Is Honey simply sweet?
Great news, Honey have a lot of positive effects and is not only a load of carbohydrates. The main and very important difference is that in the honey, ours that is unheated, all the natural nutrients remain. This creates a symbiotic effect with scientifically noted positive effects for your overall health.
First, honey is prebiotic. Meaning that the honey gives nutrition and “fuel” to important bacterias in your intestinal organs. Contrary to sugar, which may add inflammation, honey works positively on soothing conditions caused by the bacteria Helicobacter pylori.
Rightfully, the nutrients are in microdoses. However, do not disregard the symbitioc effect that can impact your cardiovascular health positively. In addition, honey is more stabilizing for the blood sugar than eating sugar for diabetics and is therefore also a good “emergency tool” when the sugar level is too low (for diabetics!).
Honey contains minerals, enzymes, traces of amino acids and also B1, B2, B3, B5, B6, C vitamin. Minerals such as Calcium, Calcium, Copper, Iron, Magnesium, Mangan, Phosfor, Sodium, Zink and Selenium can be found in honey. Antioxidants are derived from the plants as well as beneficial polyphenols that can reduce oxidative stress.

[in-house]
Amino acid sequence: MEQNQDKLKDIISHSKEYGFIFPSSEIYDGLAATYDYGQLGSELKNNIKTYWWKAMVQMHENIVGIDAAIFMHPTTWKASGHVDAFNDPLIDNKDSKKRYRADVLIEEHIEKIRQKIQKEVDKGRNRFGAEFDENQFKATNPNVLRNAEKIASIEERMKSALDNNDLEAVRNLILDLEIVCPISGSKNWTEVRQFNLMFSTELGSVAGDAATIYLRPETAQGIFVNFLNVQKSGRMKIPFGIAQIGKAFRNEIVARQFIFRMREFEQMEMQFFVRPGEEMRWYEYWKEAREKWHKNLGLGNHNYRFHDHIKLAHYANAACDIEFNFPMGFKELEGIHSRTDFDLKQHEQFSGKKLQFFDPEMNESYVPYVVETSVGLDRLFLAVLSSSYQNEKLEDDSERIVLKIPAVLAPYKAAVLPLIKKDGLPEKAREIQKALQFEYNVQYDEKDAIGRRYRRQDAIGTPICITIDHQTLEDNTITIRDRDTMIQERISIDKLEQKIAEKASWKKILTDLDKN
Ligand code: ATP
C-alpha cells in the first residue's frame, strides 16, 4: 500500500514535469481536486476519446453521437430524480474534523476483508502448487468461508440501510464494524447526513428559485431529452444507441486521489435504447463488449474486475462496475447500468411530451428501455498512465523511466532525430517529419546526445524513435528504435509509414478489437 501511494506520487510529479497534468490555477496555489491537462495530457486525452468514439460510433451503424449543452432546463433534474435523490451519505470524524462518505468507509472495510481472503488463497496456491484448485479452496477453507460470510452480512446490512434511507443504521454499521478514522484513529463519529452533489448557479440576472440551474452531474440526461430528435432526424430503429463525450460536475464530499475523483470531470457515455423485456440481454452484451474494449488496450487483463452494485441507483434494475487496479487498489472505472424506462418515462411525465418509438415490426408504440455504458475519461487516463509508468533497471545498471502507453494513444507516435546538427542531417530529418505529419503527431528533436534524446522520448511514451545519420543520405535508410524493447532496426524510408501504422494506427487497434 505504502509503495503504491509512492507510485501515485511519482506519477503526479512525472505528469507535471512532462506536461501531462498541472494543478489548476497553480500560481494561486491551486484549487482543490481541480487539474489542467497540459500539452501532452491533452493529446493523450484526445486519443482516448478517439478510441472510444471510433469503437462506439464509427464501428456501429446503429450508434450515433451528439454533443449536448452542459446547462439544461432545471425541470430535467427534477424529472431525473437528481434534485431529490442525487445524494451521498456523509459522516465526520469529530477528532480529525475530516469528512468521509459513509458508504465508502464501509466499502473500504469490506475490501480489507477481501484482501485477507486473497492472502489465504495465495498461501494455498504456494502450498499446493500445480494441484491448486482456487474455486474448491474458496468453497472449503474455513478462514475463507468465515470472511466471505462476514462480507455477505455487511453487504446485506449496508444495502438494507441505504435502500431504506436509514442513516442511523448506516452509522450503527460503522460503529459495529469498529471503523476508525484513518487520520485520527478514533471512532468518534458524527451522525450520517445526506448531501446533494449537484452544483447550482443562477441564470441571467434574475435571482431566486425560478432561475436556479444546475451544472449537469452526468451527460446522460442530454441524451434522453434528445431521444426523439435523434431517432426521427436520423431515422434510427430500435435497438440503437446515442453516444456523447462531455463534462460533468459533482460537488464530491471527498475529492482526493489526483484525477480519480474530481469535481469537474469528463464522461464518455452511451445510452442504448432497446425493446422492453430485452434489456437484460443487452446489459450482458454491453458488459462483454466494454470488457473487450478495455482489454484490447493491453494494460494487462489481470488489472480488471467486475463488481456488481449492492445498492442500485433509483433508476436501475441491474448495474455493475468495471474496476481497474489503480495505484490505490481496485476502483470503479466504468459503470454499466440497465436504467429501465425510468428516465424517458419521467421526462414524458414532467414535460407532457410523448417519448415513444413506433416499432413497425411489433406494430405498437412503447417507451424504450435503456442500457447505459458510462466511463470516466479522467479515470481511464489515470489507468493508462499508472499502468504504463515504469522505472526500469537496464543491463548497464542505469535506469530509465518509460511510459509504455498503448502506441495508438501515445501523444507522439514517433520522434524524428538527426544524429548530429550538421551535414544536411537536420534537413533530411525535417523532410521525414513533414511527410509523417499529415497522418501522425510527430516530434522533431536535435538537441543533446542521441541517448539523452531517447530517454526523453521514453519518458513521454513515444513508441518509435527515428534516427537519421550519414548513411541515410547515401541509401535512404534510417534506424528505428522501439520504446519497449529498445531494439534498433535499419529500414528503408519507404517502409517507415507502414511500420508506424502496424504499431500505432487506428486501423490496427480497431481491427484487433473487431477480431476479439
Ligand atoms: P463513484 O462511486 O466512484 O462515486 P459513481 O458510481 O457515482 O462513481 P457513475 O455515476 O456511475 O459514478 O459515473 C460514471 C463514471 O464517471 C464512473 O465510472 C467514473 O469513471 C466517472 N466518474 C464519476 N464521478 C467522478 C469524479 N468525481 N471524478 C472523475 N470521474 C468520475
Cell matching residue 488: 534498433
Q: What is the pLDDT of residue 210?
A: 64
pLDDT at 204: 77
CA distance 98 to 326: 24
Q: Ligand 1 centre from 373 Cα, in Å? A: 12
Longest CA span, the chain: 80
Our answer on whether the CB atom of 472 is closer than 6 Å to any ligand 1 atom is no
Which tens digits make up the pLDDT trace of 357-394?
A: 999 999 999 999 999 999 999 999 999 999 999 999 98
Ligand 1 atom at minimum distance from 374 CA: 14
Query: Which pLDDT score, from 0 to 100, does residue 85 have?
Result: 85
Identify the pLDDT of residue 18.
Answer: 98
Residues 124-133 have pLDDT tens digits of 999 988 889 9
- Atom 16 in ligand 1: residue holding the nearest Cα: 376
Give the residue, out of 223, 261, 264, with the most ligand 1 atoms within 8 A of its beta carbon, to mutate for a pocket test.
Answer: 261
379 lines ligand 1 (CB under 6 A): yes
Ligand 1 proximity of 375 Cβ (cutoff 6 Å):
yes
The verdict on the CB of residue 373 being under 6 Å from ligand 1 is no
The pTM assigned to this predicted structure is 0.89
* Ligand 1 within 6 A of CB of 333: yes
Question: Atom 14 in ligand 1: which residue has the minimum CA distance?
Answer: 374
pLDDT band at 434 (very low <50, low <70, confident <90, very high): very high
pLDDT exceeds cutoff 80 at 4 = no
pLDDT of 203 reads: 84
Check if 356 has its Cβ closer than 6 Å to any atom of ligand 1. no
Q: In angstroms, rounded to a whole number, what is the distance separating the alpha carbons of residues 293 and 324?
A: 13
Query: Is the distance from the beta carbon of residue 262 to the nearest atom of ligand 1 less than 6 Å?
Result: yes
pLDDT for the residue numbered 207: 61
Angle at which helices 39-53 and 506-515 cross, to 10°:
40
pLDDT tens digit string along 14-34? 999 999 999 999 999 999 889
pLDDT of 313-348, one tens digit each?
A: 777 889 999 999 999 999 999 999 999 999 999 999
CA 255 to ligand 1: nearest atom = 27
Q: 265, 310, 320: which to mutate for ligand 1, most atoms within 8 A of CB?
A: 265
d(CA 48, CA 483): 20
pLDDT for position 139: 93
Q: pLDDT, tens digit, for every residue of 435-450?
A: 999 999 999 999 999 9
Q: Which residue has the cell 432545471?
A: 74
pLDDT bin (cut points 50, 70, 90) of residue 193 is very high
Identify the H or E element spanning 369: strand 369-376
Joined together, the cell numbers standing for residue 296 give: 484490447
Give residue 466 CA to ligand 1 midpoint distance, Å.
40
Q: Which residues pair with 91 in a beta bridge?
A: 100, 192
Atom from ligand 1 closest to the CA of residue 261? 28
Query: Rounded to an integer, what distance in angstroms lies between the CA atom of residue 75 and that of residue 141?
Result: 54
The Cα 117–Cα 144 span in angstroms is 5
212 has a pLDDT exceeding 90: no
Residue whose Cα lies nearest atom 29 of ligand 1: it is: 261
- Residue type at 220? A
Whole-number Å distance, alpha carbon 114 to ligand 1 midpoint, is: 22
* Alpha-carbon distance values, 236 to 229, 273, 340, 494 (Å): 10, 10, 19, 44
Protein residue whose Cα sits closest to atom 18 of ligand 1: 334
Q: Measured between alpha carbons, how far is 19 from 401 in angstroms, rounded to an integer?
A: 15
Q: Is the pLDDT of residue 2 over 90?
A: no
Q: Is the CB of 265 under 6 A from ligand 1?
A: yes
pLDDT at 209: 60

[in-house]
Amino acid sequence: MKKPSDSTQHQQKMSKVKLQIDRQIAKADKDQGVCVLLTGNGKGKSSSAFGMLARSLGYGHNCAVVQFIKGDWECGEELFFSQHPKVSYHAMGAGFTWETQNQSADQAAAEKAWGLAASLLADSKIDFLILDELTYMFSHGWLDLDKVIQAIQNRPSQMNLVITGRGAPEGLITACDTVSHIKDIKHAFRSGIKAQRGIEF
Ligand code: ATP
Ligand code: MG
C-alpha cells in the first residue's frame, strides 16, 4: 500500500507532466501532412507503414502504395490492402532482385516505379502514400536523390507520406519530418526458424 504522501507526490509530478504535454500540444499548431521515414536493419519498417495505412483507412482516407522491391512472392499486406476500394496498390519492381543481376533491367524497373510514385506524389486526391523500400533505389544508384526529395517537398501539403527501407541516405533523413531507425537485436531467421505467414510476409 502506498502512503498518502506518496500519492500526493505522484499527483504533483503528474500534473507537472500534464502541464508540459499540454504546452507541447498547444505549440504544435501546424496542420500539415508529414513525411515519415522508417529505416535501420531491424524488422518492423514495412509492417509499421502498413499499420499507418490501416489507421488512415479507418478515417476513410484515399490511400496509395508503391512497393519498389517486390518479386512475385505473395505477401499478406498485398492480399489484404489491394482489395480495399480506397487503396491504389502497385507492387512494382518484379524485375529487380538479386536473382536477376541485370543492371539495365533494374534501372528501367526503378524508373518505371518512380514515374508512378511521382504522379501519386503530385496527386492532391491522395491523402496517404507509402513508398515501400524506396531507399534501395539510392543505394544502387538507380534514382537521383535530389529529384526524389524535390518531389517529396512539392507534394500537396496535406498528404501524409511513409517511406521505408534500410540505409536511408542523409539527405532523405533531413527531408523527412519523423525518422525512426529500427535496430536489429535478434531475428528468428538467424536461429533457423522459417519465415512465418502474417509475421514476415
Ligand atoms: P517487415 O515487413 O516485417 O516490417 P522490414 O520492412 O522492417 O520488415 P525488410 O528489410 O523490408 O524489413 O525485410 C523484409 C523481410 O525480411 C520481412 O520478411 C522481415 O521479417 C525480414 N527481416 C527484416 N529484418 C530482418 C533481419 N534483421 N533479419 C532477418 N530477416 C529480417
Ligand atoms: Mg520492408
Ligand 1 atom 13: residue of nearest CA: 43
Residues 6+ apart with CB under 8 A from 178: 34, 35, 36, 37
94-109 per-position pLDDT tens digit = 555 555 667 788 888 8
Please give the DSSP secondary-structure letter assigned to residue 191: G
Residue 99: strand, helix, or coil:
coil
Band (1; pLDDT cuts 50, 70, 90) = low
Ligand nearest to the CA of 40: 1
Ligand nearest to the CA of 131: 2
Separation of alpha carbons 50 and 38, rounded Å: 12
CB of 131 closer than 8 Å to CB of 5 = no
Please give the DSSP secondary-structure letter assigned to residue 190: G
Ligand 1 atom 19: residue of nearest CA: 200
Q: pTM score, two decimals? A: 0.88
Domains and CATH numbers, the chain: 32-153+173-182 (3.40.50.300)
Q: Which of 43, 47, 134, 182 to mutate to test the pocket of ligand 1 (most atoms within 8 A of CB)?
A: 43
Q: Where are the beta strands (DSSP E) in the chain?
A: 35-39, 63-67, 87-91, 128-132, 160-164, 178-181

How much honey can you eat then?
It is certainly a personal choice how to add honey to your diet. I myself use about 15-20 kg honey a year because I do not use any white sugar at all (except when offered!). I also use honey as conservation means for jams, use as yeast activator in bread baking (and eat my regular spoon a day!). Some use honey daily by eating a spoonful in the morning, adding to the morning cereal or yogurt, through a cup of warm water or in hot tea. Berit Nordstrand, a Norwegian doctor and influencer within health, suggest that you can replace your daily use of sugar with 1-2 teaspoons of honey (15-25 grams) . Source: https://beritnordstrand.no/litt-honning-kan/